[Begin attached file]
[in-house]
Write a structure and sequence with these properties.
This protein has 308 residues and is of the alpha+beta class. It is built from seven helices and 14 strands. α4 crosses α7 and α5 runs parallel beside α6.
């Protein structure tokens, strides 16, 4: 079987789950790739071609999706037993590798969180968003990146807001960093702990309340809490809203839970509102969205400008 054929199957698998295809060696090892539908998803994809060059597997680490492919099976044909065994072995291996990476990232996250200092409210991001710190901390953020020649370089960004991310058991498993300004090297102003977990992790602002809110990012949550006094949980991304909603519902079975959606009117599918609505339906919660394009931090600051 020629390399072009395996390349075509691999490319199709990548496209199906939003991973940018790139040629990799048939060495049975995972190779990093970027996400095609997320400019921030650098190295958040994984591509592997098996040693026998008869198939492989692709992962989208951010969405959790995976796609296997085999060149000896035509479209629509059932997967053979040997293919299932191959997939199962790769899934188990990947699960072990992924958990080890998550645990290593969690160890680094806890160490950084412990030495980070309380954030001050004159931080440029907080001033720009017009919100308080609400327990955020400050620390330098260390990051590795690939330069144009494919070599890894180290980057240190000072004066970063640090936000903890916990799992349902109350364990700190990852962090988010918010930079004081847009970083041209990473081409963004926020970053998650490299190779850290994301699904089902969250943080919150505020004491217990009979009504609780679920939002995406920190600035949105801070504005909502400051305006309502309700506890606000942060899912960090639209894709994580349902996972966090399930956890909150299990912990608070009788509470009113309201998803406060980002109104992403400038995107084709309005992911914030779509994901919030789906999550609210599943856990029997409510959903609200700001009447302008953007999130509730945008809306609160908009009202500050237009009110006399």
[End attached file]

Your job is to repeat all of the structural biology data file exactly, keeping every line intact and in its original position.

[in-house]
Write a structure and sequence with these properties.
This protein has 308 residues and is of the alpha+beta class. It is built from seven helices and 14 strands. α4 crosses α7 and α5 runs parallel beside α6.
């Protein structure tokens, strides 16, 4: 079987789950790739071609999706037993590798969180968003990146807001960093702990309340809490809203839970509102969205400008 054929199957698998295809060696090892539908998803994809060059597997680490492919099976044909065994072995291996990476990232996250200092409210991001710190901390953020020649370089960004991310058991498993300004090297102003977990992790602002809110990012949550006094949980991304909603519902079975959606009117599918609505339906919660394009931090600051 020629390399072009395996390349075509691999490319199709990548496209199906939003991973940018790139040629990799048939060495049975995972190779990093970027996400095609997320400019921030650098190295958040994984591509592997098996040693026998008869198939492989692709992962989208951010969405959790995976796609296997085999060149000896035509479209629509059932997967053979040997293919299932191959997939199962790769899934188990990947699960072990992924958990080890998550645990290593969690160890680094806890160490950084412990030495980070309380954030001050004159931080440029907080001033720009017009919100308080609400327990955020400050620390330098260390990051590795690939330069144009494919070599890894180290980057240190000072004066970063640090936000903890916990799992349902109350364990700190990852962090988010918010930079004081847009970083041209990473081409963004926020970053998650490299190779850290994301699904089902969250943080919150505020004491217990009979009504609780679920939002995406920190600035949105801070504005909502400051305006309502309700506890606000942060899912960090639209894709994580349902996972966090399930956890909150299990912990608070009788509470009113309201998803406060980002109104992403400038995107084709309005992911914030779509994901919030789906999550609210599943856990029997409510959903609200700001009447302008953007999130509730945008809306609160908009009202500050237009009110006399």